According to Bloomberg, the switch to digital audio broadcasting, a first for any country, will be watched closely by other European nations, which are starting to question the benefits of shutting down analog networks. Success in Norway may be the last hope for enthusiasts and electronics retailers to revive digital-radio plans that have largely ground to a halt in the rest of the world.
Norway’s blueprint to replace FM has been in place for years, originating with its first digital broadcasts back in 1995. The technology offers better sound than analog FM, is easier to tune and more affordable for broadcasters because it uses spectrum more efficiently. But in the intervening decades, a different technology took hold: internet radio and music streaming from companies such as Spotify Ltd. and Apple Inc., and Pandora Media Inc. in the U.S.
The trend isn’t likely to reverse. New cars are routinely equipped with dashboards that connect to the internet and smartphones through services such as Android Auto and Apple Carplay. At last count, Spotify had 40 million paying users worldwide and Apple Music counted 20 million. There are dozens more services -- streaming lets consumers create their own playlists, and they can pay to avoid commercials. Traditional radio stations have also gone online.
Norwegian radio hosts Berith Olderskog and Geir Schau shut down the northern part of Norway’s FM radio network in favor of digital radio at a ceremony in Bodo, Norway this week.
Could It Happen Here?
According to the National Association of Broadcasters, the answer is No. A thousand times – No.
The NAB's Christopher Ornelas writes this development is much ado about nothing. The difference between Norway radio and American radio is as stark as the Northern Lights versus fireworks on the Capitol Mall on the Fourth of July.
In a blog post, he lists why:
- Norway has 5 million radio listeners; there are 268 million listeners in the U.S. every week;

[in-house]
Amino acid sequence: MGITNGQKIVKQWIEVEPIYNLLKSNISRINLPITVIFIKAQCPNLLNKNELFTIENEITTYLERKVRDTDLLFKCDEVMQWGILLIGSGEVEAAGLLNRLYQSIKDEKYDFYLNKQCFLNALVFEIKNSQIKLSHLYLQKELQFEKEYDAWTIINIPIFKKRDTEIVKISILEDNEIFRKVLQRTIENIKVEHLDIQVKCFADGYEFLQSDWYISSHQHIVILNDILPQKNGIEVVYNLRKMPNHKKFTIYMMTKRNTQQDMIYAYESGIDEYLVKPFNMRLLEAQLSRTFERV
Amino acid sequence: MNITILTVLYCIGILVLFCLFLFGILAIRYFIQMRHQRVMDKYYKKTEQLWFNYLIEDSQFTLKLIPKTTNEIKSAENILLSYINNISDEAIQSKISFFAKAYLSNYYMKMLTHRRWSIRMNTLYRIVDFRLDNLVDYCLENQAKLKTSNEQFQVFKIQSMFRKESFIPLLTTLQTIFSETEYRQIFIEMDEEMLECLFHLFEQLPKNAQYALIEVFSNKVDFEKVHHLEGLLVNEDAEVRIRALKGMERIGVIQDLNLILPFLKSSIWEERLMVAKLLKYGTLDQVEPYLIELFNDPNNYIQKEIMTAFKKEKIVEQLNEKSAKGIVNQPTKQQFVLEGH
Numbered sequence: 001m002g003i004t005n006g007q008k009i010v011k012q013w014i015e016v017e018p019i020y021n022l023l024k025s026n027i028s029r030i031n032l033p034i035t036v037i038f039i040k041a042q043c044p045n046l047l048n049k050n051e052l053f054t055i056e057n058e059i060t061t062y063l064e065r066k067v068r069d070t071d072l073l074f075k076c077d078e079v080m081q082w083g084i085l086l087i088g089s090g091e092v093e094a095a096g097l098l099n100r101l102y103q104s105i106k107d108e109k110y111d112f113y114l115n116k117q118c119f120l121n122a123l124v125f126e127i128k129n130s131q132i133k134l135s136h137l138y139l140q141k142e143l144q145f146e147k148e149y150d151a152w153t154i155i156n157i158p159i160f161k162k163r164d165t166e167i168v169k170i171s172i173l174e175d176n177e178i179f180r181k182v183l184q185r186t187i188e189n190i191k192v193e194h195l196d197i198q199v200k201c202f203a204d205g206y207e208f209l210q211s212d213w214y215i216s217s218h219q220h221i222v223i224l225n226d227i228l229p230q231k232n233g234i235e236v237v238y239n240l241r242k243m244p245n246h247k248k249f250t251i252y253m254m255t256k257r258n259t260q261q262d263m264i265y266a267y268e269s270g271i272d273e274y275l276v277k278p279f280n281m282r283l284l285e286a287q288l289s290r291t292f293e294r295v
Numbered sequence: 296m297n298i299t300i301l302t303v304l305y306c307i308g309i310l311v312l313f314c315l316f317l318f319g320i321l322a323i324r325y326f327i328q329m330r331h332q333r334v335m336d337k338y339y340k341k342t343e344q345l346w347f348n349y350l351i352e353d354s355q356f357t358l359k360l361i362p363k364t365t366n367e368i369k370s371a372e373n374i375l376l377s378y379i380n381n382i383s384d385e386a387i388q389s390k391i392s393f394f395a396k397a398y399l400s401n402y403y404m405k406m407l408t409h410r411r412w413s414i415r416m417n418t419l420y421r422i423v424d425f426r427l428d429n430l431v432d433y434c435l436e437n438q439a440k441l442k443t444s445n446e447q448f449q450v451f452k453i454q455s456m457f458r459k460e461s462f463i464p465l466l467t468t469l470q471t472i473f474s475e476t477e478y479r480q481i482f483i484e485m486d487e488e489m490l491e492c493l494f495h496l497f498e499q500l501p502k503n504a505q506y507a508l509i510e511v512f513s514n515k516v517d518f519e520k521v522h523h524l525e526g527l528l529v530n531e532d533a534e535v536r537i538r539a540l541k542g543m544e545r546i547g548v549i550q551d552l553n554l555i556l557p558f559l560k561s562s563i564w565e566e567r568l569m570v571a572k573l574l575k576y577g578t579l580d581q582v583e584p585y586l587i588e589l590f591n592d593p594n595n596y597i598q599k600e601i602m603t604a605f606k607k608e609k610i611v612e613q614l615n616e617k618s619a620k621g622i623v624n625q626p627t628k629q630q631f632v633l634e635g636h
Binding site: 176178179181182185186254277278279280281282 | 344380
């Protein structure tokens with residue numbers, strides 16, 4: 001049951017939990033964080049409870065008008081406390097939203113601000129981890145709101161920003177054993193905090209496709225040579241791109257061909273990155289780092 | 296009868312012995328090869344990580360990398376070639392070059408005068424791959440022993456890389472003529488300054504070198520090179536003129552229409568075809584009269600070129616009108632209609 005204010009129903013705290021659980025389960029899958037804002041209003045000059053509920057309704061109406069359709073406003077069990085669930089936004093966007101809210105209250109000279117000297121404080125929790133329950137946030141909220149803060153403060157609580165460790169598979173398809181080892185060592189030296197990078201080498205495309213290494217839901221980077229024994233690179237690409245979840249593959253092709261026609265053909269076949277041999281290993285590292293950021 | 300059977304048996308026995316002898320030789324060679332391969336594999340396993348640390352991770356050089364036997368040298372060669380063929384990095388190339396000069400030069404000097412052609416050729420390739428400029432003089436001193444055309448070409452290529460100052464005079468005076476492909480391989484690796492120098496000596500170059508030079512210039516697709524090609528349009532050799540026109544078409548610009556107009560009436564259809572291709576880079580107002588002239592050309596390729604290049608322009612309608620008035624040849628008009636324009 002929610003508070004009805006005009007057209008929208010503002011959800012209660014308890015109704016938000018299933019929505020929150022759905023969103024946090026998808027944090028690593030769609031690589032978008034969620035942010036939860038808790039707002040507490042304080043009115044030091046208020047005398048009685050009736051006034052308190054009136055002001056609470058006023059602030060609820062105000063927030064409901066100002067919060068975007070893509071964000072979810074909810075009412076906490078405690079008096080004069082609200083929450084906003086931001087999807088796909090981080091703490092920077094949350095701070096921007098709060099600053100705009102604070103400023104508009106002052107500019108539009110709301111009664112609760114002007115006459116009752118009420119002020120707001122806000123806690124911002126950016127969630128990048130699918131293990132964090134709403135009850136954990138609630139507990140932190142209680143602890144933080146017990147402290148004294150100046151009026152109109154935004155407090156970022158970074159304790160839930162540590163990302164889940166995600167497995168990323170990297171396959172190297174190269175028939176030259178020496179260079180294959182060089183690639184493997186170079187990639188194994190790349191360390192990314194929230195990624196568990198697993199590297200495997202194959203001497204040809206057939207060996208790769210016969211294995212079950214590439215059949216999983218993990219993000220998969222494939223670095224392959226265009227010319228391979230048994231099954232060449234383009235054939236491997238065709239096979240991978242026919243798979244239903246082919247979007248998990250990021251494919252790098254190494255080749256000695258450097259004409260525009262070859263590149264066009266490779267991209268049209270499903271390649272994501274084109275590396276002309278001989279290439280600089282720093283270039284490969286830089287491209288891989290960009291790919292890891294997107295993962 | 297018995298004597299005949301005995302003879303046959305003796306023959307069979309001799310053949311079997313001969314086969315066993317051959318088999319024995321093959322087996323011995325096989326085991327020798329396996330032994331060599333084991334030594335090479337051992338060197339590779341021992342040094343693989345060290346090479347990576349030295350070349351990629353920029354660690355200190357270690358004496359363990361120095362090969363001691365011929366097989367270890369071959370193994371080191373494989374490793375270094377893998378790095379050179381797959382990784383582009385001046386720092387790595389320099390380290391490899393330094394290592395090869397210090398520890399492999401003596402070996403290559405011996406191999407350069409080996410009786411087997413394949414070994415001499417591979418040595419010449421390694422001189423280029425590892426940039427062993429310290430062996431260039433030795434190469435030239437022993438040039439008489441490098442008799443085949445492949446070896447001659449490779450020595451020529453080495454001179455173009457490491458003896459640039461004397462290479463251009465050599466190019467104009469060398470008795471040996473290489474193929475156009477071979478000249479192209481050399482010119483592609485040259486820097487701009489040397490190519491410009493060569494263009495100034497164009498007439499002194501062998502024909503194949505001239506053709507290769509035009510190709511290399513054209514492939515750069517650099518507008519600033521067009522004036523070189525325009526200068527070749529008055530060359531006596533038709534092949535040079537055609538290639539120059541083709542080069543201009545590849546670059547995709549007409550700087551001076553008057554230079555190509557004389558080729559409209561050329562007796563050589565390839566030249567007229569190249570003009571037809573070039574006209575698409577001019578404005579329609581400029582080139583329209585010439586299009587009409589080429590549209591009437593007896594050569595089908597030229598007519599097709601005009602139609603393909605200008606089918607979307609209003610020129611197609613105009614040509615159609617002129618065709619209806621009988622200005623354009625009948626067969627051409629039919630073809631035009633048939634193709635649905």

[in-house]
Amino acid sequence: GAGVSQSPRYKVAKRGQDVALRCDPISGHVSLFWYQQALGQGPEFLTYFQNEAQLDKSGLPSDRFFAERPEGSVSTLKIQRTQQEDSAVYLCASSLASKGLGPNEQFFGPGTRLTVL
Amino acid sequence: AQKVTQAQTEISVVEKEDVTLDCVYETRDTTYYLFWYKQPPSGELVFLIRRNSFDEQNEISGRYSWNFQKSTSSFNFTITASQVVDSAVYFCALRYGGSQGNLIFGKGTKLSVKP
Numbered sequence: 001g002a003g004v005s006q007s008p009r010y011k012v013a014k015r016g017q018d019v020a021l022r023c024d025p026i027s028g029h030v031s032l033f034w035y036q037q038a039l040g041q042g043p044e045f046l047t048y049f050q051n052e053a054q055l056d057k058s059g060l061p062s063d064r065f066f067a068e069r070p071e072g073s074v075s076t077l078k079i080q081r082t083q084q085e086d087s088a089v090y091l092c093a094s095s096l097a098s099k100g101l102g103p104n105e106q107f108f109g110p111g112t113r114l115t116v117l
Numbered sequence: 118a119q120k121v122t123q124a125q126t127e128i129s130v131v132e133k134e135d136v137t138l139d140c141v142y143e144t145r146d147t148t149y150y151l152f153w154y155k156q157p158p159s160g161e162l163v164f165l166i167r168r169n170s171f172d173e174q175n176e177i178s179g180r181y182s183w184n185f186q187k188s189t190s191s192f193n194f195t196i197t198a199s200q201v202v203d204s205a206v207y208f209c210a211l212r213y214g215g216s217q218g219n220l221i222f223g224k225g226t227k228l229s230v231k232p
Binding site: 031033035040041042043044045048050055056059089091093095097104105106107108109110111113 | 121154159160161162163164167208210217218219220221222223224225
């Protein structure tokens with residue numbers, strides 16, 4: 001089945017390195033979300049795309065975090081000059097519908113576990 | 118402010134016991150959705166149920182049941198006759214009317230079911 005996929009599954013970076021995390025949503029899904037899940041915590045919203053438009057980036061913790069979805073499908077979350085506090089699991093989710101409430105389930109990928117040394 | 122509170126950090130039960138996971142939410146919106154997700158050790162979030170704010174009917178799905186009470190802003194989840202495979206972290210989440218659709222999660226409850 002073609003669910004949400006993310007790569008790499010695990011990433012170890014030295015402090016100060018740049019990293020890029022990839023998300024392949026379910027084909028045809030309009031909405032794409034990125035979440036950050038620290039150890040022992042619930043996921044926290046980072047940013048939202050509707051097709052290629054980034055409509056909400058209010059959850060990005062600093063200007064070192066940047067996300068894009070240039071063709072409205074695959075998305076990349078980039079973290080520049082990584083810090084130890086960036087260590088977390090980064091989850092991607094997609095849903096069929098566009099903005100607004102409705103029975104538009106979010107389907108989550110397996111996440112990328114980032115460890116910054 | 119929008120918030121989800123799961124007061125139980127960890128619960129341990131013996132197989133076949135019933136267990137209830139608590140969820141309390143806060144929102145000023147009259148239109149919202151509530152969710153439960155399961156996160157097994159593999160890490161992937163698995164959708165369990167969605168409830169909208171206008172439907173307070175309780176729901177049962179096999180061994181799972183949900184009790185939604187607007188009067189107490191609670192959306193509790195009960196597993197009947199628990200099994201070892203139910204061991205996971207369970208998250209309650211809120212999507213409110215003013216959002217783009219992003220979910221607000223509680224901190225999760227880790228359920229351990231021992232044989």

- Many of Norway’s radio stations are state-owned; in the U.S., commercial radio listening dominates the charts in most places.
- Norway is converting to digital radio using a completely different technology than we are in the U.S.
Norway requires two separate swaths of spectrum for radio – one for its FM stations and another for its digital radio channels. It costs the government (and broadcasters) extra money to run both services to deliver the same content. Turning off analog FM is apparently seen by the Norwegian parliament as a cost-saving efficiency – even though actual radio listeners in Norway are quite unhappy about losing this service.
By contrast, we in the U.S. chose a different path to digital radio. Our system, “in-band, on channel digital” – better known now as HD Radio – uses identical spectrum and the same channels for both analog and digital services. Thus, there’s no cost-saving advantage to shutting down analog FM services in America. More than 2,300 radio stations in the U.S. have converted to HD Radio, which improves the radio listening experience and affords American radio stations a remarkable array of advanced capabilities.
Ornelas' Bottom line: No way will America go Norway’s route and “turn off” FM radio. It’s just not going to happen, in my lifetime or yours.